Rent-a-room scheme - Making money from your spare room

Making money from your spare room

Under the rent-a-room scheme, it is possible to earn tax-free income from letting out a furnished room in your own home to a lodger. You can even use the scheme if you run a bed-and-breakfast or a guest house.

Rent-a-room is not available if the room is unfurnished, or if you let accommodation in a UK home while living abroad. The Government also intends to amend the rules so the scheme is not available to those who let accommodation via Airbnb and similar sites.

Automatic exemption

No tax is payable if the gross receipts from letting are less than the rent-a-room threshold, set at £7,500 a year from 6 April 2016. The exemption is automatic and does not need to be claimed. Even better, there is no need to tell HMRC about the income.

Gross receipts include rental income before expenses, any amounts received in respect of the provision of services, such as cleaning, meals or laundry, and any balancing charges.

Gross receipts exceed £7,500

If your gross receipts from letting a furnished room in your home exceed the rent-a-room threshold of £7,500, you can still benefit from the scheme. However, whether it is beneficial to do so will depend on the level of the associated expenses.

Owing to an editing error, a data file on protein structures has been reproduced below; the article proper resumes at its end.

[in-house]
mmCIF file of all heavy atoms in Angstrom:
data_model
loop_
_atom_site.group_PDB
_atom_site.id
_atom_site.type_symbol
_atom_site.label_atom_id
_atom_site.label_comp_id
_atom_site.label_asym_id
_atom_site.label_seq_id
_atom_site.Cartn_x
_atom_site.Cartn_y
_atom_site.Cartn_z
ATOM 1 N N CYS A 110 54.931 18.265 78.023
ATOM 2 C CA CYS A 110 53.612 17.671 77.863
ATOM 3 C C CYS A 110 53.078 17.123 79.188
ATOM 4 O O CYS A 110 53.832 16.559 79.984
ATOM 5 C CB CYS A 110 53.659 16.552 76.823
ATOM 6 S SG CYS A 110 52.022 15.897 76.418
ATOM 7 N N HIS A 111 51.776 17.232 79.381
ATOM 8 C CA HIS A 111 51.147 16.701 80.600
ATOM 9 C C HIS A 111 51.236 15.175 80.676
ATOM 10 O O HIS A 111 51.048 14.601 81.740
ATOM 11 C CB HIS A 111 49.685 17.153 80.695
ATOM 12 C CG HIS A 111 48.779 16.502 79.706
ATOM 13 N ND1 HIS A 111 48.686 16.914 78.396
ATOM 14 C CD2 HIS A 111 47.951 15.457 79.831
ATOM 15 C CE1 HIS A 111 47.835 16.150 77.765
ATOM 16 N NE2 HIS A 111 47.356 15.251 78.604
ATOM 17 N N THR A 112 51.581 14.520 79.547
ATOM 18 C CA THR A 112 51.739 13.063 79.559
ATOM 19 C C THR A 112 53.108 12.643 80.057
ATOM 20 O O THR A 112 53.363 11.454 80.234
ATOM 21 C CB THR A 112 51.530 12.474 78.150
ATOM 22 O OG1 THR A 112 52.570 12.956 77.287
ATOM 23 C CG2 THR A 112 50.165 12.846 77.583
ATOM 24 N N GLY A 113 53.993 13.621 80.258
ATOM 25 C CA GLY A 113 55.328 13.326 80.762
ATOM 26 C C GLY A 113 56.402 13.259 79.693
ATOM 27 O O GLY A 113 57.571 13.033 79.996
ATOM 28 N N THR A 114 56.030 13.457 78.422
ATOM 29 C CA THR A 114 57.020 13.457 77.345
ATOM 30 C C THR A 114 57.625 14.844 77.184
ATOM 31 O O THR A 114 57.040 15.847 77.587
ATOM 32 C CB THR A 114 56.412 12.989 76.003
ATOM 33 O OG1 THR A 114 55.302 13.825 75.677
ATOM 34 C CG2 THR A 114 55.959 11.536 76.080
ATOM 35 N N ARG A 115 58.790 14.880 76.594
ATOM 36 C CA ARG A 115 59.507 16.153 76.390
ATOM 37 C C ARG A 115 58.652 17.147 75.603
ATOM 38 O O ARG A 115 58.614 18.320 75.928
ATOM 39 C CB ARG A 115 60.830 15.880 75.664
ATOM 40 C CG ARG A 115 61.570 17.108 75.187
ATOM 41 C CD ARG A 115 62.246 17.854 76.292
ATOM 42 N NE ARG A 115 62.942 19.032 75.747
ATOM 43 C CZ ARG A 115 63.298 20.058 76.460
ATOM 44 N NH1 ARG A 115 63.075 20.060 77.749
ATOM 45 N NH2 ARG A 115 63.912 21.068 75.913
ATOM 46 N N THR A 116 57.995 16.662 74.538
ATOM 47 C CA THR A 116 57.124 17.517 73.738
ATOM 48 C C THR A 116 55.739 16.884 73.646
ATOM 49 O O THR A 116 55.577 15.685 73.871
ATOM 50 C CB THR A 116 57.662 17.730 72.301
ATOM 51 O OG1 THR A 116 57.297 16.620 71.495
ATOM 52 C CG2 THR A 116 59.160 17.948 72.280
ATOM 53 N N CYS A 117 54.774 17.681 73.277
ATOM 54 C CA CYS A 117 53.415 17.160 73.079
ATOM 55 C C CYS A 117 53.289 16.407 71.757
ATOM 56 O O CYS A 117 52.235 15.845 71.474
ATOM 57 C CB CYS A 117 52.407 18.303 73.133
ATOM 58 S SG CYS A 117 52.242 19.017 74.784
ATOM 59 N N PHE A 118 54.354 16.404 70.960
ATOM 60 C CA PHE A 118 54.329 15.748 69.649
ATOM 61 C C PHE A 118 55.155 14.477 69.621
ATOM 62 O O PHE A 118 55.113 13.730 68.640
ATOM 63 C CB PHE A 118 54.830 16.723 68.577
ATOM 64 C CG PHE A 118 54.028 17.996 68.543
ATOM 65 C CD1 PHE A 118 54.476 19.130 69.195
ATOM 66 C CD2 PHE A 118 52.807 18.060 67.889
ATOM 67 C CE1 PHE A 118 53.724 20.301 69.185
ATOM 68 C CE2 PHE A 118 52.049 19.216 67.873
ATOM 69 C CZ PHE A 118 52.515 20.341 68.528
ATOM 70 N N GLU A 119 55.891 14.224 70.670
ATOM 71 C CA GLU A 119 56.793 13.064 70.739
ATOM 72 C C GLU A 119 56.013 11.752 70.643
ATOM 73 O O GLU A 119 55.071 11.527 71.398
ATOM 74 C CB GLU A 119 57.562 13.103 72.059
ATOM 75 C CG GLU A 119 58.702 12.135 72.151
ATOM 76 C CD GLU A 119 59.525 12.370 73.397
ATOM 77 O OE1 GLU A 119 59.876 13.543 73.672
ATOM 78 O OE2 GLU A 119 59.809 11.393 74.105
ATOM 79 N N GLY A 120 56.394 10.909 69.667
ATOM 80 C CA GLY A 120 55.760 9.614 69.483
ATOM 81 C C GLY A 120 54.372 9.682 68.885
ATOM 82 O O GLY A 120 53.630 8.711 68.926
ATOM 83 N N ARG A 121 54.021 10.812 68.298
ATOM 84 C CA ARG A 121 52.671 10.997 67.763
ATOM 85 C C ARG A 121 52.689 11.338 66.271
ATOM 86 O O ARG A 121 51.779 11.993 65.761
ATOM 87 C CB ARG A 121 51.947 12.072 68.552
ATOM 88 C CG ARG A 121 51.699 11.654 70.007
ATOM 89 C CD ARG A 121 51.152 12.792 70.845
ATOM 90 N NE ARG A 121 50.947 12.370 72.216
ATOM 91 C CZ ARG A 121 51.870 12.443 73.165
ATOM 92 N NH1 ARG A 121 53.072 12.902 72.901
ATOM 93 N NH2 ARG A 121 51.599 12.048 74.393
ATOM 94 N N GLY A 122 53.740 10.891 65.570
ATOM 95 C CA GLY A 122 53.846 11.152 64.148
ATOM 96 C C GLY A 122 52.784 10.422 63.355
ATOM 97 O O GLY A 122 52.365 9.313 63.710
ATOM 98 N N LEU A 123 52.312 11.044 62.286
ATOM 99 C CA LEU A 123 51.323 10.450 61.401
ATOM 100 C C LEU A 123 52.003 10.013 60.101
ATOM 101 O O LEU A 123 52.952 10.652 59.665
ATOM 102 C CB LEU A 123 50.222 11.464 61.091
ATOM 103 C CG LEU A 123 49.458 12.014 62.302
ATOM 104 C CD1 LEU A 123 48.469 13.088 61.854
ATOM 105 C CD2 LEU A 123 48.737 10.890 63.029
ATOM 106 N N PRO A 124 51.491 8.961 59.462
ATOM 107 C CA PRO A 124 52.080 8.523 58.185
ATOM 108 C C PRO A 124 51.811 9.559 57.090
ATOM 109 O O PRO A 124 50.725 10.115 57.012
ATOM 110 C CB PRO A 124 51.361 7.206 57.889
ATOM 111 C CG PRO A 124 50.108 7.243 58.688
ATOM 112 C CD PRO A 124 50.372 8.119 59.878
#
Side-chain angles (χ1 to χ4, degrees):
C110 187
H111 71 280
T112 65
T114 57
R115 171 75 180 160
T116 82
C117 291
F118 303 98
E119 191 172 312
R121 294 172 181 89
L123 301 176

Where receipts exceed £7,500, you have a choice as to how to work out the rental profit on which you pay tax. Under method A, you simply deduct the associated expenses and any capital allowances and pay tax on the actual profit. Under method B, you deduct the rent-a-room threshold and pay tax on the difference.

So, if expenses are less than the rent-a-room threshold, method B is beneficial, whereas if they exceed the threshold, method A is better.

Example

In 2016/17, Greg lets out two furnished rooms in his own home to lodgers. He receives rental income of £8,000. His associated expenses are £1,000. Under method A, he would pay tax on the actual profit of £7,000 (£8,000 - £1,000). Under method B, he would only pay tax on £500 (£8,000 - £7,500).

The rent-a-room scheme is beneficial. Greg opts into the scheme on his tax return and claims the allowance.

Losses

Rent-a-room will not be beneficial if you make a loss, even if your rental receipts are below the rent-a-room threshold. Under the rent-a-room scheme, you cannot create a loss. Losses can be carried forward and set against future rental income.

More than one landlord

If a house is owned jointly by two or more people, the rent-a-room limit is halved so each person has a tax-free allowance of £3,750. This is the case regardless of the number of people receiving rental income from letting rooms in the property – so tax-free rental income per property cannot exceed £7,500.

Opt in and out

You can choose each year whether it is beneficial to use the scheme and opt in and out on your tax return by the normal filing date of 31 January after the end of the tax year.